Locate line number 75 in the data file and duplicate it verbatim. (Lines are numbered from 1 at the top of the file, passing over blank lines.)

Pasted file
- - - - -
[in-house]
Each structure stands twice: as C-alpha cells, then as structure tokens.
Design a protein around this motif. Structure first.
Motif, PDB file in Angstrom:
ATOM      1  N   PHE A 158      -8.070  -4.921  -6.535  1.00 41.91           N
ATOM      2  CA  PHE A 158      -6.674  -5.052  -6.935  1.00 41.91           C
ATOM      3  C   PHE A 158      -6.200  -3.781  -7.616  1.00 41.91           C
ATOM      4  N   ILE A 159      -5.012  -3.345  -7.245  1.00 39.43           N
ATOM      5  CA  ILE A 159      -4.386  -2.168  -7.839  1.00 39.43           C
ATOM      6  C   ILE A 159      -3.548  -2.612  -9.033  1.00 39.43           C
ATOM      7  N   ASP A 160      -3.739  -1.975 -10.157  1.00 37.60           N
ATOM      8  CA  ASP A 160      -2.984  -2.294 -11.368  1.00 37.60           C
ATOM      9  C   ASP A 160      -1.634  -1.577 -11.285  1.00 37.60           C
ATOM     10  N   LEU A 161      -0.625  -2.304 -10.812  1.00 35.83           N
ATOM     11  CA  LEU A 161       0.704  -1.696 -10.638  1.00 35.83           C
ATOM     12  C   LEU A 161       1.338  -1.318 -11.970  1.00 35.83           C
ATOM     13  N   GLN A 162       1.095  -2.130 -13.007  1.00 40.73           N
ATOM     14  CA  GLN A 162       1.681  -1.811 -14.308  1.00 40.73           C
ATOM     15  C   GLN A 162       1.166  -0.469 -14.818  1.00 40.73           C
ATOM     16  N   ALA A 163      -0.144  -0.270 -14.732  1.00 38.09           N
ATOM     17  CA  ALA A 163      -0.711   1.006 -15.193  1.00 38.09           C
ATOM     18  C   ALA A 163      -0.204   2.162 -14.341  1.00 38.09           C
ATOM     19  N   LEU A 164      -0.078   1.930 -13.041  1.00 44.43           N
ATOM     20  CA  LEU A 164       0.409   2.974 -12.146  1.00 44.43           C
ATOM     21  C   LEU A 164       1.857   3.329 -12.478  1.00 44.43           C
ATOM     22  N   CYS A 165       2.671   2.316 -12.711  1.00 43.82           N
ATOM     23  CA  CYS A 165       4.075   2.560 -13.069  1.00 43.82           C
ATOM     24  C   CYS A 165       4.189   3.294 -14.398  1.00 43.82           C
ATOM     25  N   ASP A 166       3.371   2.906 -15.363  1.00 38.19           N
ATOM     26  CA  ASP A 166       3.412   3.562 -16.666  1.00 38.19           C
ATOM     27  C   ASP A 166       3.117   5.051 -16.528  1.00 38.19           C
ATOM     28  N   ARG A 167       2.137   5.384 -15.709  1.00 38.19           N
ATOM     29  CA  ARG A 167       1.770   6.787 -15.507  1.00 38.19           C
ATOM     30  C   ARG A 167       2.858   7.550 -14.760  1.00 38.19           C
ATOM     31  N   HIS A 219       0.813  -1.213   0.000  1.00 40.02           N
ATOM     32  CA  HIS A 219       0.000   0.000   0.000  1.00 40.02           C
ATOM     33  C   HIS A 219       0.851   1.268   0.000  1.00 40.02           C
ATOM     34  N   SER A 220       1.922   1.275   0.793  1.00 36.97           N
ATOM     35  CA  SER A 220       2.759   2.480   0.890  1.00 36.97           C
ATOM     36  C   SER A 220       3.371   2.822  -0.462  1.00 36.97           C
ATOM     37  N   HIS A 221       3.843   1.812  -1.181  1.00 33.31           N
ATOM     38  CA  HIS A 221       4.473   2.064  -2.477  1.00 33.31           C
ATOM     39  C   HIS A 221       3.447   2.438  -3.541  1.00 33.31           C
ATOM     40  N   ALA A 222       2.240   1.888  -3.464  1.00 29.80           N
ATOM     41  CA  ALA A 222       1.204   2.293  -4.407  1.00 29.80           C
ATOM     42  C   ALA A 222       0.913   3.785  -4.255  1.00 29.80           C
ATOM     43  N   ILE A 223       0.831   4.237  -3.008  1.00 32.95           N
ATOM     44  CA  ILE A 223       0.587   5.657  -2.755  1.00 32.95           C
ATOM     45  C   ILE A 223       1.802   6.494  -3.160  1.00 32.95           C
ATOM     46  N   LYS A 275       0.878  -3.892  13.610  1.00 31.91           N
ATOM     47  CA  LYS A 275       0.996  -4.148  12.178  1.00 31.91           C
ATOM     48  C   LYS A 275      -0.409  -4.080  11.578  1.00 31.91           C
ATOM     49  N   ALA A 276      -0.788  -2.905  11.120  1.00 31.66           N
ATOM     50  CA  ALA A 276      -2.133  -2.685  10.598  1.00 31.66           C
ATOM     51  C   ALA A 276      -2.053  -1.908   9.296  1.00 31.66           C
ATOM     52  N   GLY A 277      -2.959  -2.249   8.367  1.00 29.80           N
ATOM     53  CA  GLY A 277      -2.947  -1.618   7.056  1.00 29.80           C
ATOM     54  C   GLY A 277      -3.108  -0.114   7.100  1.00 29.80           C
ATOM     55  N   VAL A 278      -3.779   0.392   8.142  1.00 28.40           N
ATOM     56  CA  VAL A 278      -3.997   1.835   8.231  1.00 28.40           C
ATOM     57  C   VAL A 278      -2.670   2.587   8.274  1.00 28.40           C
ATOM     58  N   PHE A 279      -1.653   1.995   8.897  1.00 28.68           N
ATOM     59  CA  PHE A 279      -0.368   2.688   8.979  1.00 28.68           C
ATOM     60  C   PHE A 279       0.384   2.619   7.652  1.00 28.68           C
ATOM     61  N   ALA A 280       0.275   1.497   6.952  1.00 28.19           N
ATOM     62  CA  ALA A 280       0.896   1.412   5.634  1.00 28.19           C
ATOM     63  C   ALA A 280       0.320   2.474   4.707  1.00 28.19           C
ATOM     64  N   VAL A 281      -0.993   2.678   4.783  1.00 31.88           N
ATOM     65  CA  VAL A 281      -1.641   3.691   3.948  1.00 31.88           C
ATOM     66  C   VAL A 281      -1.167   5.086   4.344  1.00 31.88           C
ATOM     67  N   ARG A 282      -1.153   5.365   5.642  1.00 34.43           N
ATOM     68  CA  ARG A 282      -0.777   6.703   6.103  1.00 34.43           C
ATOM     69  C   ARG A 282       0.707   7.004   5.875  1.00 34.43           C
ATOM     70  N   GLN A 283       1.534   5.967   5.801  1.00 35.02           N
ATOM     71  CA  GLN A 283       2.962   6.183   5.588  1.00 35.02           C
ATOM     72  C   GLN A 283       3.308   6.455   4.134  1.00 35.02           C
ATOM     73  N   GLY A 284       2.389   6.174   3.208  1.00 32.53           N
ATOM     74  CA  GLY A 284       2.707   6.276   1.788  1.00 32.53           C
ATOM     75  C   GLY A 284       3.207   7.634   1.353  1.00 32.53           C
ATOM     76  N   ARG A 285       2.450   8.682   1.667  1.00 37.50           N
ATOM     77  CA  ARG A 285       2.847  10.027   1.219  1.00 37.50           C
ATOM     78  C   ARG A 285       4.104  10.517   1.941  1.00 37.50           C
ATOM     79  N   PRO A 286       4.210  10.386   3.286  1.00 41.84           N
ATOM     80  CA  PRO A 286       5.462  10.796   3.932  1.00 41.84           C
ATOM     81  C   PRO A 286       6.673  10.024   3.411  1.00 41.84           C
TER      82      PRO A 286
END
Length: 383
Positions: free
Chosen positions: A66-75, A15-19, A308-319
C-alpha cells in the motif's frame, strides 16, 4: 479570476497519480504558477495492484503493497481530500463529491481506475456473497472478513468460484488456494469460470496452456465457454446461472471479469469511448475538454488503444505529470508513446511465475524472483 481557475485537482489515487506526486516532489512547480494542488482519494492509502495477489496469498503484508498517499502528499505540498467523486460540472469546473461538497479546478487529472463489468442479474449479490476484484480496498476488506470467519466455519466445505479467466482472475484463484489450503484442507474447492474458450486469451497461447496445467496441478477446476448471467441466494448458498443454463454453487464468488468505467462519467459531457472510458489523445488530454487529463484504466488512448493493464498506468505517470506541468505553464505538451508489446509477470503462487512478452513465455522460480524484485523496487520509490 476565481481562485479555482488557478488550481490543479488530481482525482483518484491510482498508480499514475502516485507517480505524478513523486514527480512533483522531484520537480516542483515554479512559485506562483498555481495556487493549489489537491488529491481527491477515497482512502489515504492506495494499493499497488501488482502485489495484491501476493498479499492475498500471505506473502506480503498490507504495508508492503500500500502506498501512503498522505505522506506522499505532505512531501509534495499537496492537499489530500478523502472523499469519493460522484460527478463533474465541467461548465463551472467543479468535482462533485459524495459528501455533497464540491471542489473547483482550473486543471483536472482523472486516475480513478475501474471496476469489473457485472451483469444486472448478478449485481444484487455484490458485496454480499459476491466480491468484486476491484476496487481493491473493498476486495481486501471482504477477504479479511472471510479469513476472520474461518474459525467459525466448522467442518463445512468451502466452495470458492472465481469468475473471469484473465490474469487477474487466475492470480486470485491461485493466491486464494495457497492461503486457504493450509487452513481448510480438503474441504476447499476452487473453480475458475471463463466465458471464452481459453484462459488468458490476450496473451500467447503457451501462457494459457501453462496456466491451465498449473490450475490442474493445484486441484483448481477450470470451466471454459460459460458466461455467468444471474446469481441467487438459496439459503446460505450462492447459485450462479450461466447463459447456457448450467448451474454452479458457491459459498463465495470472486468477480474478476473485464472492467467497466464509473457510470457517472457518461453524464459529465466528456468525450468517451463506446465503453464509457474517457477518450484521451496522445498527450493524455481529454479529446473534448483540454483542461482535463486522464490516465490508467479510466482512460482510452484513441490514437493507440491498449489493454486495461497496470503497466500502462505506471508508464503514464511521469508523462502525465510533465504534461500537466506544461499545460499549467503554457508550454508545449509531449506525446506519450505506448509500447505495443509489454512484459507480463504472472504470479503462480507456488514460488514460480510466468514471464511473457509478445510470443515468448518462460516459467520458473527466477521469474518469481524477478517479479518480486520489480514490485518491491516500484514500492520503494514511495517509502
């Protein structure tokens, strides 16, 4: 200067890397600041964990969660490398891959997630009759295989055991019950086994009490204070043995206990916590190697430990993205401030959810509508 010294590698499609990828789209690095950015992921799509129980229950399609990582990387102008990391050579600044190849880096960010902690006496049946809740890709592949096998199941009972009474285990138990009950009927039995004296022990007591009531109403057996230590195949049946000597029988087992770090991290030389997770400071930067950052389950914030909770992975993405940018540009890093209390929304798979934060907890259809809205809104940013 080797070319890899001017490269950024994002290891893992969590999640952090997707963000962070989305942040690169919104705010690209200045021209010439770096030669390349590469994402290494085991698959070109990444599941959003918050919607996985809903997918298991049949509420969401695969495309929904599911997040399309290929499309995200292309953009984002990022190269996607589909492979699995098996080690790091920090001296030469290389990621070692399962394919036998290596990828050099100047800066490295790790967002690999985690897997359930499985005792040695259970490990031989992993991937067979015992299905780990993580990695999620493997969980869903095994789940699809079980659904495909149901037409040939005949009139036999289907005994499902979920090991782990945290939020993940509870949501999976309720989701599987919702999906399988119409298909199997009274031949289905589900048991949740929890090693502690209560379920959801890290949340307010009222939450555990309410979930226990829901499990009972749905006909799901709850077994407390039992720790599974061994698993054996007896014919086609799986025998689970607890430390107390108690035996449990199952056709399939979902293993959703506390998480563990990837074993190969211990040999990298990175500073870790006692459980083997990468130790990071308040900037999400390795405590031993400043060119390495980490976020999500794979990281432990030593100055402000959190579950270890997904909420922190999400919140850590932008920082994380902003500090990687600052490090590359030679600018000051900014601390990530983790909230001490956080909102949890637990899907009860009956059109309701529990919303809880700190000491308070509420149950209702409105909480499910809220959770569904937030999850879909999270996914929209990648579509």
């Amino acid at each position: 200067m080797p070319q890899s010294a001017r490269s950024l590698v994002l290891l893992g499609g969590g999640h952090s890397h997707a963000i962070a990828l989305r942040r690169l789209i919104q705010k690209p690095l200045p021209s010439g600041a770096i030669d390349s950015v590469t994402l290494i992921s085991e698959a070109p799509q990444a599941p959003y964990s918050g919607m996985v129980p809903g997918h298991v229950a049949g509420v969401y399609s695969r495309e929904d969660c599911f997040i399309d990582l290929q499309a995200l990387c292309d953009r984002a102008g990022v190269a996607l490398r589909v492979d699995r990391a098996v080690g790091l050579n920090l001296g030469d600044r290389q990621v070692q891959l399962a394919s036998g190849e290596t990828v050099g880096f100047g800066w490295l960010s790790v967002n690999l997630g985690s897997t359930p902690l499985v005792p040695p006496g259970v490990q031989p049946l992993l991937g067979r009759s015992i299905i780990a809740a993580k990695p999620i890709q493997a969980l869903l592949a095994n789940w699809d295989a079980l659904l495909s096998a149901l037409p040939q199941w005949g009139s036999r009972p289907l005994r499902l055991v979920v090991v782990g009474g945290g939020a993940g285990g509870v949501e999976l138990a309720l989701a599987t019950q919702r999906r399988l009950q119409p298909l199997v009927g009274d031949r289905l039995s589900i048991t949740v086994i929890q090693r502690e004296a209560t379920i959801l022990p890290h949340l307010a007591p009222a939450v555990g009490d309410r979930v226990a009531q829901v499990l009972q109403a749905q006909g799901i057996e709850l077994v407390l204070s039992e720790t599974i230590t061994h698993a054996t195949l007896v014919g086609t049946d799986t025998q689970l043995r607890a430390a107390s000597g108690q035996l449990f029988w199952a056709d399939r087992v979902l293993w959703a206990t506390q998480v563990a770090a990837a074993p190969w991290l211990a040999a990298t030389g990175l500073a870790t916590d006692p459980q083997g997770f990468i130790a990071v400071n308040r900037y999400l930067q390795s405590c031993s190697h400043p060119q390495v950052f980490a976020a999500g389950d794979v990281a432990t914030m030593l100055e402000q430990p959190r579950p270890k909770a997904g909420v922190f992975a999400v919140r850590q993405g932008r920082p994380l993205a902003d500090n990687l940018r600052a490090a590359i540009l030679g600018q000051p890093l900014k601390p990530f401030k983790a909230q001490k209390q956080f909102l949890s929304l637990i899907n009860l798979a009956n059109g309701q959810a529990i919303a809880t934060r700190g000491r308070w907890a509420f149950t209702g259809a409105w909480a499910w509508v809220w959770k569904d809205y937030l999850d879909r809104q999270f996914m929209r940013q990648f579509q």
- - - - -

ATOM     71  CA  GLN A 283       2.962   6.183   5.588  1.00 35.02           C